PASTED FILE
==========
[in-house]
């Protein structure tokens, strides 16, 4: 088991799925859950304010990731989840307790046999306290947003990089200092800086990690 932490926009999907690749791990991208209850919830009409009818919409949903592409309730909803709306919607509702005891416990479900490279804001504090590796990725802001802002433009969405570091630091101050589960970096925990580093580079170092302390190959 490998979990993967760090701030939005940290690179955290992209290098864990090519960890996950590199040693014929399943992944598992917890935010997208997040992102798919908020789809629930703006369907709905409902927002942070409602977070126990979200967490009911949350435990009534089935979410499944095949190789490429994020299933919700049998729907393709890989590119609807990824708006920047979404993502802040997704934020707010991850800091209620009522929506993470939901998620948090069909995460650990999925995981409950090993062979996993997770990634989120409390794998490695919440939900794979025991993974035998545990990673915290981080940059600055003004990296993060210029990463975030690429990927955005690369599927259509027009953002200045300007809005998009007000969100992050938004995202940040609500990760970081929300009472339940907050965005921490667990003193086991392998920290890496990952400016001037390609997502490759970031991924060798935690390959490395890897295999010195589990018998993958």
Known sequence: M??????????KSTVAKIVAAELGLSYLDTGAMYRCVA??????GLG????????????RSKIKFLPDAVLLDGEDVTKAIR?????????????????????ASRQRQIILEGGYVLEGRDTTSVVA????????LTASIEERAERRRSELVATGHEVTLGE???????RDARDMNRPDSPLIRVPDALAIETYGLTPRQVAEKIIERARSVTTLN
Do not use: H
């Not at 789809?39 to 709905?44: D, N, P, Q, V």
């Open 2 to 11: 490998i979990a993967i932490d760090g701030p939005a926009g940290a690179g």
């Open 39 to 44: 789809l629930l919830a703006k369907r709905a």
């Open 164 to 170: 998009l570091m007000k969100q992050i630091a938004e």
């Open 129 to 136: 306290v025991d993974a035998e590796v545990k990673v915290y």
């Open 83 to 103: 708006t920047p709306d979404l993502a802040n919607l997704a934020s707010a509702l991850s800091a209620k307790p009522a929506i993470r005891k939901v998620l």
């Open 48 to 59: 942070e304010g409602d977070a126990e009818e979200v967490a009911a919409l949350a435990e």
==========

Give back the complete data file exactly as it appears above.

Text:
[in-house]
């Protein structure tokens, strides 16, 4: 088991799925859950304010990731989840307790046999306290947003990089200092800086990690 932490926009999907690749791990991208209850919830009409009818919409949903592409309730909803709306919607509702005891416990479900490279804001504090590796990725802001802002433009969405570091630091101050589960970096925990580093580079170092302390190959 490998979990993967760090701030939005940290690179955290992209290098864990090519960890996950590199040693014929399943992944598992917890935010997208997040992102798919908020789809629930703006369907709905409902927002942070409602977070126990979200967490009911949350435990009534089935979410499944095949190789490429994020299933919700049998729907393709890989590119609807990824708006920047979404993502802040997704934020707010991850800091209620009522929506993470939901998620948090069909995460650990999925995981409950090993062979996993997770990634989120409390794998490695919440939900794979025991993974035998545990990673915290981080940059600055003004990296993060210029990463975030690429990927955005690369599927259509027009953002200045300007809005998009007000969100992050938004995202940040609500990760970081929300009472339940907050965005921490667990003193086991392998920290890496990952400016001037390609997502490759970031991924060798935690390959490395890897295999010195589990018998993958």
Known sequence: M??????????KSTVAKIVAAELGLSYLDTGAMYRCVA??????GLG????????????RSKIKFLPDAVLLDGEDVTKAIR?????????????????????ASRQRQIILEGGYVLEGRDTTSVVA????????LTASIEERAERRRSELVATGHEVTLGE???????RDARDMNRPDSPLIRVPDALAIETYGLTPRQVAEKIIERARSVTTLN
Do not use: H
């Not at 789809?39 to 709905?44: D, N, P, Q, V």
């Open 2 to 11: 490998i979990a993967i932490d760090g701030p939005a926009g940290a690179g």
């Open 39 to 44: 789809l629930l919830a703006k369907r709905a």
């Open 164 to 170: 998009l570091m007000k969100q992050i630091a938004e």
């Open 129 to 136: 306290v025991d993974a035998e590796v545990k990673v915290y």
């Open 83 to 103: 708006t920047p709306d979404l993502a802040n919607l997704a934020s707010a509702l991850s800091a209620k307790p009522a929506i993470r005891k939901v998620l």
């Open 48 to 59: 942070e304010g409602d977070a126990e009818e979200v967490a009911a919409l949350a435990e």